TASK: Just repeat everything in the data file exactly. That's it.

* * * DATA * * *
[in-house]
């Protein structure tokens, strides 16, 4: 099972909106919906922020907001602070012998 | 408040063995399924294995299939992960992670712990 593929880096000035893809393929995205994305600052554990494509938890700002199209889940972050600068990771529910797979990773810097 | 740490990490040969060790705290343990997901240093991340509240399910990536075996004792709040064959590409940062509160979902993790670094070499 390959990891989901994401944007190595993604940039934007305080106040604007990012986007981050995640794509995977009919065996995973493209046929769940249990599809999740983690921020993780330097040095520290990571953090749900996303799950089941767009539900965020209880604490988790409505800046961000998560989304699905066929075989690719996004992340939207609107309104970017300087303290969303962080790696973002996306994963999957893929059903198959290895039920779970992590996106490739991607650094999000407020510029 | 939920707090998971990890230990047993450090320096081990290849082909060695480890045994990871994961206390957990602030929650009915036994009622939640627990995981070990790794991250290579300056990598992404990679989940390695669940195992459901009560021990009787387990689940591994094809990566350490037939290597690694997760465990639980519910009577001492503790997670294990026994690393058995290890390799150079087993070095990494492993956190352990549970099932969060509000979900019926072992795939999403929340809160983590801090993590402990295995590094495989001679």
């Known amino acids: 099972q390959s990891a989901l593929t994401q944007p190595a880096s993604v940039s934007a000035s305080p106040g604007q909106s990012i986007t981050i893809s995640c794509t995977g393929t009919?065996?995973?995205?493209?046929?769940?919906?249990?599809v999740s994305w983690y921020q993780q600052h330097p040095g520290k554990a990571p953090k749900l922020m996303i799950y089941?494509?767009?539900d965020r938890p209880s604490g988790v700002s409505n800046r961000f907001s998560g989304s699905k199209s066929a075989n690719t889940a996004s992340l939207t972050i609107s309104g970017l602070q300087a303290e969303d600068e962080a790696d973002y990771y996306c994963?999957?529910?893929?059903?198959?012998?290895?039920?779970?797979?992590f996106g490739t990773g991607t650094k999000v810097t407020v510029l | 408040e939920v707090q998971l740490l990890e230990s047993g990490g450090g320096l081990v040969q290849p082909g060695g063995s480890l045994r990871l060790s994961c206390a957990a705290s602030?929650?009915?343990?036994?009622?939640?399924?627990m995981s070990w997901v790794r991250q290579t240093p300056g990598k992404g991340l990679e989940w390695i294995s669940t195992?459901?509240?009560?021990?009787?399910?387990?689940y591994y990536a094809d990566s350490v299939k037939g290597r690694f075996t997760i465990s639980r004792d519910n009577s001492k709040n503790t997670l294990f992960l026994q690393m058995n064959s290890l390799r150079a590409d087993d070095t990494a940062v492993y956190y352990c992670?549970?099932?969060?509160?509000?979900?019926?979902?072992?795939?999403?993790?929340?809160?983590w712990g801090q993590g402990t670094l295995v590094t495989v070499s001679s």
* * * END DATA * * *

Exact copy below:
[in-house]
């Protein structure tokens, strides 16, 4: 099972909106919906922020907001602070012998 | 408040063995399924294995299939992960992670712990 593929880096000035893809393929995205994305600052554990494509938890700002199209889940972050600068990771529910797979990773810097 | 740490990490040969060790705290343990997901240093991340509240399910990536075996004792709040064959590409940062509160979902993790670094070499 390959990891989901994401944007190595993604940039934007305080106040604007990012986007981050995640794509995977009919065996995973493209046929769940249990599809999740983690921020993780330097040095520290990571953090749900996303799950089941767009539900965020209880604490988790409505800046961000998560989304699905066929075989690719996004992340939207609107309104970017300087303290969303962080790696973002996306994963999957893929059903198959290895039920779970992590996106490739991607650094999000407020510029 | 939920707090998971990890230990047993450090320096081990290849082909060695480890045994990871994961206390957990602030929650009915036994009622939640627990995981070990790794991250290579300056990598992404990679989940390695669940195992459901009560021990009787387990689940591994094809990566350490037939290597690694997760465990639980519910009577001492503790997670294990026994690393058995290890390799150079087993070095990494492993956190352990549970099932969060509000979900019926072992795939999403929340809160983590801090993590402990295995590094495989001679």
């Known amino acids: 099972q390959s990891a989901l593929t994401q944007p190595a880096s993604v940039s934007a000035s305080p106040g604007q909106s990012i986007t981050i893809s995640c794509t995977g393929t009919?065996?995973?995205?493209?046929?769940?919906?249990?599809v999740s994305w983690y921020q993780q600052h330097p040095g520290k554990a990571p953090k749900l922020m996303i799950y089941?494509?767009?539900d965020r938890p209880s604490g988790v700002s409505n800046r961000f907001s998560g989304s699905k199209s066929a075989n690719t889940a996004s992340l939207t972050i609107s309104g970017l602070q300087a303290e969303d600068e962080a790696d973002y990771y996306c994963?999957?529910?893929?059903?198959?012998?290895?039920?779970?797979?992590f996106g490739t990773g991607t650094k999000v810097t407020v510029l | 408040e939920v707090q998971l740490l990890e230990s047993g990490g450090g320096l081990v040969q290849p082909g060695g063995s480890l045994r990871l060790s994961c206390a957990a705290s602030?929650?009915?343990?036994?009622?939640?399924?627990m995981s070990w997901v790794r991250q290579t240093p300056g990598k992404g991340l990679e989940w390695i294995s669940t195992?459901?509240?009560?021990?009787?399910?387990?689940y591994y990536a094809d990566s350490v299939k037939g290597r690694f075996t997760i465990s639980r004792d519910n009577s001492k709040n503790t997670l294990f992960l026994q690393m058995n064959s290890l390799r150079a590409d087993d070095t990494a940062v492993y956190y352990c992670?549970?099932?969060?509160?509000?979900?019926?979902?072992?795939?999403?993790?929340?809160?983590w712990g801090q993590g402990t670094l295995v590094t495989v070499s001679s």